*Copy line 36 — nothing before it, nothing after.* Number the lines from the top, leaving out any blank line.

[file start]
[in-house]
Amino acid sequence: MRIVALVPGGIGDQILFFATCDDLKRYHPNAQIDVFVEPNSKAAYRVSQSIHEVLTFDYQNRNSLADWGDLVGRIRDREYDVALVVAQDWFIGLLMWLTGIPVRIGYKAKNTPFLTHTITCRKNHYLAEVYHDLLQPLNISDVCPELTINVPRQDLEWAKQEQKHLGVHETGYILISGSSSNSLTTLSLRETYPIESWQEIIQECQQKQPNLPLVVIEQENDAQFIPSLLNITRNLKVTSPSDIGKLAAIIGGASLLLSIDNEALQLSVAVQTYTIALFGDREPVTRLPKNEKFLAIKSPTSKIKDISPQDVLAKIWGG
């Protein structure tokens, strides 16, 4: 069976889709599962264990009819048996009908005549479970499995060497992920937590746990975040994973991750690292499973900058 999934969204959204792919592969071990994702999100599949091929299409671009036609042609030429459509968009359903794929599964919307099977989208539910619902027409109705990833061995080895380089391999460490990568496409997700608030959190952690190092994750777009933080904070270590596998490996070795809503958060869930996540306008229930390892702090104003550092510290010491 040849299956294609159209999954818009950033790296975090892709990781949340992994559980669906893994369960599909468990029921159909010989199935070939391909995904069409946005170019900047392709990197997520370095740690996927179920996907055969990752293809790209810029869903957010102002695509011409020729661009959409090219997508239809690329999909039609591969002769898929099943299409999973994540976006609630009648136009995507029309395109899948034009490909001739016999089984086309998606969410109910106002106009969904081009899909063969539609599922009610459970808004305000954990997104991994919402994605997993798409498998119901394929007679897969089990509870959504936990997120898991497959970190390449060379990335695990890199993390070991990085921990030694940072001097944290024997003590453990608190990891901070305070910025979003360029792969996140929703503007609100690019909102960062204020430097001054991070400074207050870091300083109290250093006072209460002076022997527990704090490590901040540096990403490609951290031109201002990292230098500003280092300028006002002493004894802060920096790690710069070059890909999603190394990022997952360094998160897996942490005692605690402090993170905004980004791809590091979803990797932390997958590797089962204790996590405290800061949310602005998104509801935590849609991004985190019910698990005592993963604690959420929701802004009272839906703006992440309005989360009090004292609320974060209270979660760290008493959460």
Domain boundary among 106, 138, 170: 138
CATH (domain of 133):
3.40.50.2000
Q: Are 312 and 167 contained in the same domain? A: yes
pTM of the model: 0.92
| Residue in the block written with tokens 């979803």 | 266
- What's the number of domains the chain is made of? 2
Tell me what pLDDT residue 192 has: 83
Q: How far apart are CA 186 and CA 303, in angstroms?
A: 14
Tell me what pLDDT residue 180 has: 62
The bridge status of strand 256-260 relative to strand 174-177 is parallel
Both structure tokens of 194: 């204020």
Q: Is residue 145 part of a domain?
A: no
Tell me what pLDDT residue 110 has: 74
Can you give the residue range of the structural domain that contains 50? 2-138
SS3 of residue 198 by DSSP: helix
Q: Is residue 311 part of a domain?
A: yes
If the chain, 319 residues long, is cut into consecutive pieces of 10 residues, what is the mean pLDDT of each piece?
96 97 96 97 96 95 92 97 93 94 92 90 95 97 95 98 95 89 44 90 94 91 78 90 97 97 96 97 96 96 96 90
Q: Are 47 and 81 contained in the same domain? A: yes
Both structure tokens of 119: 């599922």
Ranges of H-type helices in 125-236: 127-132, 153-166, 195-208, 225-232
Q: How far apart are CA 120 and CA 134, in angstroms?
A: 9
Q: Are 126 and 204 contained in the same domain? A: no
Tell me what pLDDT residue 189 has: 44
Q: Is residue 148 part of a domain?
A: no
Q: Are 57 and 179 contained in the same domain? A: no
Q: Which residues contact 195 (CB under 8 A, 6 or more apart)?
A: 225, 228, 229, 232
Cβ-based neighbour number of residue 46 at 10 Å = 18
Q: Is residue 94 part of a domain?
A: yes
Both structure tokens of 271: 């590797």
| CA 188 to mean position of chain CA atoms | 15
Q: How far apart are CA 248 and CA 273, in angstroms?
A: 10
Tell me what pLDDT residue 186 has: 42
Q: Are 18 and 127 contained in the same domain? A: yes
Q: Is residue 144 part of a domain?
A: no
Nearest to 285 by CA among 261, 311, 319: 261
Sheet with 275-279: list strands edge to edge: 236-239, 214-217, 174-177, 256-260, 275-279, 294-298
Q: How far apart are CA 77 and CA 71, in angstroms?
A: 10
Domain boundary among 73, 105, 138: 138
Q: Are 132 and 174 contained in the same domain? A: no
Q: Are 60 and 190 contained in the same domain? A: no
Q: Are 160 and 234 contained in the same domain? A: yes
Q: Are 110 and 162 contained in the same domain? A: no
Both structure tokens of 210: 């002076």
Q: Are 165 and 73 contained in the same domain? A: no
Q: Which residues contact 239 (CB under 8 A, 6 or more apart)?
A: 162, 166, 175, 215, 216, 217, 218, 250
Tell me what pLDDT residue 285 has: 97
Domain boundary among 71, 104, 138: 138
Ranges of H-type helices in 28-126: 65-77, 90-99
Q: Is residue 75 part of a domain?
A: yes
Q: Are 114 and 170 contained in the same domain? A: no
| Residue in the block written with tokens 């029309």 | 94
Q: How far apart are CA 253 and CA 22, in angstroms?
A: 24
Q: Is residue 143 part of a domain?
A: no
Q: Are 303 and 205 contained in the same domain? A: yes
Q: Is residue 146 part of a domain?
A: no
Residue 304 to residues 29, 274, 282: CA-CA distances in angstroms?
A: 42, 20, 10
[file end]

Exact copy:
Q: Which residues contact 195 (CB under 8 A, 6 or more apart)?